Why a bonus could dent your finances
The next three months are typically when workers receive bonus payments with March being the most popular month, ahead of February and April.
The latest figures from 2016/17 reveal the average bonus amount was £1,600 and a total of £46.4bn was paid out, averaging 6.2% of pay.
When Greggs announced in January that staff would receive a £300 bonus following its ‘phenomenal year’, rather than be overjoyed, many workers were left disappointed because of its impact on Universal Credit payments.
These workers would only take home around £75 as benefit payments reduce as earnings increase, leading to Labour leader Jeremy Corbyn calling for Universal Credit to be scrapped.
Sarah Coles, personal finance analyst at Hargreaves Lansdown, said: “Greggs may have paid the most talked-about bonuses of the year so far, but they’re not the only people expecting a little extra dough at the moment. Bonuses are being dished out across the country, and bonus season is set to rise to a peak next month.
“But there are some people for whom a bonus isn’t an unalloyed joy. Whether it reduces your Universal Credit, pushes you into a new tax bracket, or leaves you with a pension headache, your bonus can cause unexpected problems.
“It pays to know the risks, and what you can do to avoid them.”
Below, Coles explains how a bonus can impact your finances…
This emerged as Greggs staff digested the impact of their £300 bonuses. Increased earnings feed through into the Universal Credit system, so you receive lower payments. It means after tax and National Insurance, Greggs staff could be left with as little as £75 more in their pockets as a result of their £300 bonus.
If a bonus takes the income of one of the parents over £50,000 they will be subject to the higher income tax charge, which means they have to pay back 1% of their child benefit for every £100 they earn over £50,000 – until those who earn £60,000 or more have to repay it all.
Higher tax bracket
The bonus can push you over a tax limit and into paying 40% (£50,000) or 45% (£150,000) on a chunk of your income – so you receive a far smaller lump sum than you expected.
For those on higher incomes (£110,000+), if your income, benefits and pension contributions exceed £150,000, the limit on what you can pay tax-efficiently into a pension each year can drop from £40,000 to just £10,000 because of the pensions taper. The earnings limit includes your bonus, so if it pushes you over the threshold you could face a tax bill.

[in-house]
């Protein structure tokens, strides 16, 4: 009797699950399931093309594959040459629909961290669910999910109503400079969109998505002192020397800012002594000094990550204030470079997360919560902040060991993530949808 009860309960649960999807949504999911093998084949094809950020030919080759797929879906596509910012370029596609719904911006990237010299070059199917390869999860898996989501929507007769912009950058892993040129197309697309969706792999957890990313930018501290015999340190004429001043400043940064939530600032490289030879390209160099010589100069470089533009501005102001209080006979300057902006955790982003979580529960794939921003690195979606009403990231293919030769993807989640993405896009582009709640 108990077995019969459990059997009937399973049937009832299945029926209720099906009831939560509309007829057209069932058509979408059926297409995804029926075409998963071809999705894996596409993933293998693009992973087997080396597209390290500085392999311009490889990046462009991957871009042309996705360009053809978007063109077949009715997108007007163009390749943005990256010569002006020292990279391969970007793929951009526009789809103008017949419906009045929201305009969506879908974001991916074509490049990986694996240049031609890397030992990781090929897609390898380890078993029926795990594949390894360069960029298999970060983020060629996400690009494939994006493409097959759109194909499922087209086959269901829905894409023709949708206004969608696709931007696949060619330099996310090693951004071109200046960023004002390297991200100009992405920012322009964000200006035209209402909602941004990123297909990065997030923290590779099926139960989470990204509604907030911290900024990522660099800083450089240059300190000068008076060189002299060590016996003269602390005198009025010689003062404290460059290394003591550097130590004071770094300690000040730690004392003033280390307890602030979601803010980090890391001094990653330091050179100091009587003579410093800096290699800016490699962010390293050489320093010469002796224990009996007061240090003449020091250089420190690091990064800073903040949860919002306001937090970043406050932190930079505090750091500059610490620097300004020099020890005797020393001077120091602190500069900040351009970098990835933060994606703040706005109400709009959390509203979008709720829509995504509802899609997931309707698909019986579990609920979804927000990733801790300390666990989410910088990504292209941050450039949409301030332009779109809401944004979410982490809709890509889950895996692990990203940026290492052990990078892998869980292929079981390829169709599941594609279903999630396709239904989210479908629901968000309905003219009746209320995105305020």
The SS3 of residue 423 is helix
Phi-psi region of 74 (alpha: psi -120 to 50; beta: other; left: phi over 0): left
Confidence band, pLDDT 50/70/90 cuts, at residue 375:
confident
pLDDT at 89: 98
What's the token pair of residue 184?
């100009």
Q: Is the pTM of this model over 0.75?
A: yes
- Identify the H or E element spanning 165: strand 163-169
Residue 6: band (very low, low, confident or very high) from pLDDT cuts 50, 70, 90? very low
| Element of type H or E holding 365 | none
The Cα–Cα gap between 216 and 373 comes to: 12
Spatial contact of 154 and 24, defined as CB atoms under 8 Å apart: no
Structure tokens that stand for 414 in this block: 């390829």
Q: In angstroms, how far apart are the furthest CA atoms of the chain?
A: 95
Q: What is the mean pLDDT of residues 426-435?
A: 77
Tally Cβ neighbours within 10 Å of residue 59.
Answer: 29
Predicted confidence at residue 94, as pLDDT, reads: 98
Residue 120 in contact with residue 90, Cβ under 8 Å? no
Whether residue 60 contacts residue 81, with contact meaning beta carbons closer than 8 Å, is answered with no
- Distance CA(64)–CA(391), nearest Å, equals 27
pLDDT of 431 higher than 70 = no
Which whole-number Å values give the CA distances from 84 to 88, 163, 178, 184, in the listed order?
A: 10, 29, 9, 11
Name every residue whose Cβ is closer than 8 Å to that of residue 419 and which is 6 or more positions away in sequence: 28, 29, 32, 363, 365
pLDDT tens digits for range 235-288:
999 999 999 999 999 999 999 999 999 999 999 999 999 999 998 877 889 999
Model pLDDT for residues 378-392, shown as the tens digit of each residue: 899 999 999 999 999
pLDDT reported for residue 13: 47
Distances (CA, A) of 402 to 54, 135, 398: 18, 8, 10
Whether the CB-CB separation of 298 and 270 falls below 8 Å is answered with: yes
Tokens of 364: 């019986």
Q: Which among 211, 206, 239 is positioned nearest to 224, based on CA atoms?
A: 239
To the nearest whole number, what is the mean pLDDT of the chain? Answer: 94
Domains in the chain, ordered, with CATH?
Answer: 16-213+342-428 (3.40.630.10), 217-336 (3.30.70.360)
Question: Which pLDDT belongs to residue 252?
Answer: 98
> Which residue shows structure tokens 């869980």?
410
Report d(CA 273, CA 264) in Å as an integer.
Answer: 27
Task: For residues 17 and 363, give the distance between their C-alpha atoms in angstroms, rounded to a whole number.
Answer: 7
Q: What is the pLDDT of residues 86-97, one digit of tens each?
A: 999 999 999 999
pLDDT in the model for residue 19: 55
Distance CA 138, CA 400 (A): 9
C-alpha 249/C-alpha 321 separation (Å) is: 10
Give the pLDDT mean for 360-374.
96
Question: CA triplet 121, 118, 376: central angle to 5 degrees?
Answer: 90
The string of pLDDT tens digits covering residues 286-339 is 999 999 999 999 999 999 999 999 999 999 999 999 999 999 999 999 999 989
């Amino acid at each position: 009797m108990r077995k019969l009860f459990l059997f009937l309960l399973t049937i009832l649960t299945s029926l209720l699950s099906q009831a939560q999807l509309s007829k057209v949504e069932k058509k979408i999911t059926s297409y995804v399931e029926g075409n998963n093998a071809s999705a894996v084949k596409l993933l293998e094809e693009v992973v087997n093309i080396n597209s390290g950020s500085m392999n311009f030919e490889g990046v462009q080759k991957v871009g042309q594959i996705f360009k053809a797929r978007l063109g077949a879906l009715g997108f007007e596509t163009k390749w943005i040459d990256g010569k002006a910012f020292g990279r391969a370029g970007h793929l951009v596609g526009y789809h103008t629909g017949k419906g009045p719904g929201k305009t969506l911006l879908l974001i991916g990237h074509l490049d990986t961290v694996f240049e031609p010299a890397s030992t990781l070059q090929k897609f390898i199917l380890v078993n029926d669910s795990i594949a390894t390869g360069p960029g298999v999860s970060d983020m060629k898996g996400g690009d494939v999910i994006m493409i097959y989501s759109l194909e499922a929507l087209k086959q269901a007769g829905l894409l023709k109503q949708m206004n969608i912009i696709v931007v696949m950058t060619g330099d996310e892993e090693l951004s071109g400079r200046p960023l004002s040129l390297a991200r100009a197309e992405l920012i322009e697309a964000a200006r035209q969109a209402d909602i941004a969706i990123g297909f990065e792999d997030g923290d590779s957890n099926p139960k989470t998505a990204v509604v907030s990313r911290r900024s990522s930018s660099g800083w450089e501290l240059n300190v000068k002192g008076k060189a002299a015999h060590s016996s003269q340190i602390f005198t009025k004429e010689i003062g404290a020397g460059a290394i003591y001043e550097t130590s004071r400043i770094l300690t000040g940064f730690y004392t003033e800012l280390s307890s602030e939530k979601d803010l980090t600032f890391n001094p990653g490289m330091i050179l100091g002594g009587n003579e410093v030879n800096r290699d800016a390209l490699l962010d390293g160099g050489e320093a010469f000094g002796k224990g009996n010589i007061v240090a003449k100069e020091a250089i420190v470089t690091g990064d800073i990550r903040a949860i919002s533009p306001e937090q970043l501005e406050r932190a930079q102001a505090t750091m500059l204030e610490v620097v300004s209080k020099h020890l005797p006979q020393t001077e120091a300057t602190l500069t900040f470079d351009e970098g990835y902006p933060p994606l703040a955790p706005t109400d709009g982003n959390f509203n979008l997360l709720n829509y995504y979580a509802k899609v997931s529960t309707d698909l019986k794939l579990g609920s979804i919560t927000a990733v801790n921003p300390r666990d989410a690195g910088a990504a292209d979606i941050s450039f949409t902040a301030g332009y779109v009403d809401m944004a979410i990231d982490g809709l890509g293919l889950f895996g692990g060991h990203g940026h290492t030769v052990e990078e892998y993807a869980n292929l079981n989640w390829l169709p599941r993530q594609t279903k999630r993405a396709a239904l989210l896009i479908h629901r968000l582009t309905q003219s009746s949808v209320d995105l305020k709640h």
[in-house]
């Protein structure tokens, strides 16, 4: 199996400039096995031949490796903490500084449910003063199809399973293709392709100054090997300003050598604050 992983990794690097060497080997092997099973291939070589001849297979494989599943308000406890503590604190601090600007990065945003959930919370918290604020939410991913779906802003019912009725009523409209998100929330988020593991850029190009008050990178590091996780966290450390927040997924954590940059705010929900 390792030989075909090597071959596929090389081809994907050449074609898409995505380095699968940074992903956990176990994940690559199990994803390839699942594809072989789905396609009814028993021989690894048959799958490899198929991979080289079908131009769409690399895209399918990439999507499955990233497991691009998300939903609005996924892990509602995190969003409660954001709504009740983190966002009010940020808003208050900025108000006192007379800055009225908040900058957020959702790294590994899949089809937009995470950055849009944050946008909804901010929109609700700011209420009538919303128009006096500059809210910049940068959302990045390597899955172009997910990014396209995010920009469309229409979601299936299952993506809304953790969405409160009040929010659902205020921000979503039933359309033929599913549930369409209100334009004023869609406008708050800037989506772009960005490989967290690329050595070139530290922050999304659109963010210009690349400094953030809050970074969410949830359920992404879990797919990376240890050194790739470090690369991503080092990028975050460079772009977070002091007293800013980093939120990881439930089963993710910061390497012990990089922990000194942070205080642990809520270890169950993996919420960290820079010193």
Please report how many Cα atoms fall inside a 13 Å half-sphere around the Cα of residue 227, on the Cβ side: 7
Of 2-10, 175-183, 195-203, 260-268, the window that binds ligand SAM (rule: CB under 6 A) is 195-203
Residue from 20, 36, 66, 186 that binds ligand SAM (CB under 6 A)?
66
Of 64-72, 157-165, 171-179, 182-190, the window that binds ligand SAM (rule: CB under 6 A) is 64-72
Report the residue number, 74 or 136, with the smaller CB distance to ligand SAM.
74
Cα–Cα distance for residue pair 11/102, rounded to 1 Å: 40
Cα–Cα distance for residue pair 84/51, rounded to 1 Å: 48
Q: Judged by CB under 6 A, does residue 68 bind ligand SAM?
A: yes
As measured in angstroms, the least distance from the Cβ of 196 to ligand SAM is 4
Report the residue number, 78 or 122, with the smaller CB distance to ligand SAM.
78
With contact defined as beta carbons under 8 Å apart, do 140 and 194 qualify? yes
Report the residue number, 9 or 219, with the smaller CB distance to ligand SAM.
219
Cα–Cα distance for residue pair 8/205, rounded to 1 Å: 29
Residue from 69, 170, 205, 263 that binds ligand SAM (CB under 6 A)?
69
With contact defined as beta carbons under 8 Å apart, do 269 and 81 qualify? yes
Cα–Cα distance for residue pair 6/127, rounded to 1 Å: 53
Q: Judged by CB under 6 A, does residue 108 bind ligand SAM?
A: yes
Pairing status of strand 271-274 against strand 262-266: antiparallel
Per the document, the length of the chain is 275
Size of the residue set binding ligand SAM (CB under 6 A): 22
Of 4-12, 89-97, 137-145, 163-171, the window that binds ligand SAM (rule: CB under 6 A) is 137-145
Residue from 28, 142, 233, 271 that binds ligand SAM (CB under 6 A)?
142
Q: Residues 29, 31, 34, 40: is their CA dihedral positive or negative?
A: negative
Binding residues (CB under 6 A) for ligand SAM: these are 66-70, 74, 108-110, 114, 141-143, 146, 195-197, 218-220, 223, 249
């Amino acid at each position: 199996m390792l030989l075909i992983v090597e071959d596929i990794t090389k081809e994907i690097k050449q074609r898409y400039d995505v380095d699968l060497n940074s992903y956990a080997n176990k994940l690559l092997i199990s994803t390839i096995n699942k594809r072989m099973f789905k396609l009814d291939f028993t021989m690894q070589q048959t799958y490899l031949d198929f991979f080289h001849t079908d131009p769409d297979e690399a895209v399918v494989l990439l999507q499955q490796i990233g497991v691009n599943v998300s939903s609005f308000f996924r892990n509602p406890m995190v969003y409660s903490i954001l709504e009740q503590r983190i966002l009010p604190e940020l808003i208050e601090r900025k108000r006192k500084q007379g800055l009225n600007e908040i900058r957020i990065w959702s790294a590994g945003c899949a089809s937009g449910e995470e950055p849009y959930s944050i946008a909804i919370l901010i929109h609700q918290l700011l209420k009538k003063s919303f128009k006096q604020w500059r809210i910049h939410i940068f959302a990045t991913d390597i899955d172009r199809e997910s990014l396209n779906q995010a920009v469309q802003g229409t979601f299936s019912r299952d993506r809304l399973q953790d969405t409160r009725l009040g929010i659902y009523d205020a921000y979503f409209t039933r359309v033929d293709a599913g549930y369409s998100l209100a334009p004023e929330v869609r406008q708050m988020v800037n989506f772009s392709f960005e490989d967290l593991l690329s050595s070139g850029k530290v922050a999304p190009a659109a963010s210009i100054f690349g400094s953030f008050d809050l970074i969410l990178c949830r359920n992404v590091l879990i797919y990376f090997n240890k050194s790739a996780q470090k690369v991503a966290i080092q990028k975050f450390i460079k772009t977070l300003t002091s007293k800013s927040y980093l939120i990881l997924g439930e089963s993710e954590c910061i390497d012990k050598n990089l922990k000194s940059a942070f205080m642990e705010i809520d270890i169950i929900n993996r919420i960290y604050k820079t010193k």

HMRC can change your tax code if you get a pay rise. It adds up everything you’ve earned over a specific period and uses that as a basis for your earnings for the rest of the year.
The problem is that it doesn’t differentiate between a bonus and salary. This can be a problem particularly for those who receive a bonus early in the new tax year.
As an example, you’re paid £3,000 a month, and in the second month you get a £10,000 bonus (so £46,000 overall). The system calculates you’ve made £19,000 in the first three months, extrapolates that, assumes you’ll make £76,000 in the year, and changes your code to show you’re a higher rate taxpayer.
What can you do?
Check your tax code
HMRC will send you a note when it changes your code – including an estimated annual income, so if you know it has been wrongly triggered by a bonus you can call to have it corrected. But there’s no need to wait for the note. You can log into your Personal Tax Account, check it and correct it there.
Tell your employer you want to sacrifice some or all of your bonus and have the difference paid into your pension. You get full tax relief on this, so you avoid paying a higher rate of tax. It also brings down your total pay for the year, which can help you keep the right side of the child benefit limit. But this means you’ll need to wait to get your hands on the money in your pension.
If your bonus is at the start of a new tax year, it puts you in a better position to plan. You can work out whether you’ll be moving into a higher tax bracket, or bust the £50,000 child benefit limit as a result of your bonus. As such, you can use salary sacrifice to pay more into your pension and bring your salary down below the threshold limits.
The exception: This doesn’t solve the problem of the tapered annual allowance for pensions, which has been designed specifically to stop people using pension contributions to get round it – by including them in the overall £150,000 limit.
Alternatives: The only way around the impact of the taper is to avoid paying too much into your pension to begin with. This is easier said than done if you get a bonus later in the tax year, because you need to factor an unknown quantity into the maths from the outset.
Alongside the pension, you can put your money into alternative tax-free investments like stocks and shares ISAs or Lifetime ISAs (if you qualify).
If you have a large and diverse portfolio, you can also consider tax advantageous investments such as venture capital trusts and enterprise investment schemes. These are high risk investments, so if you’re considering them don’t let the tax tail wag the investment dog – make sure it’s right for you.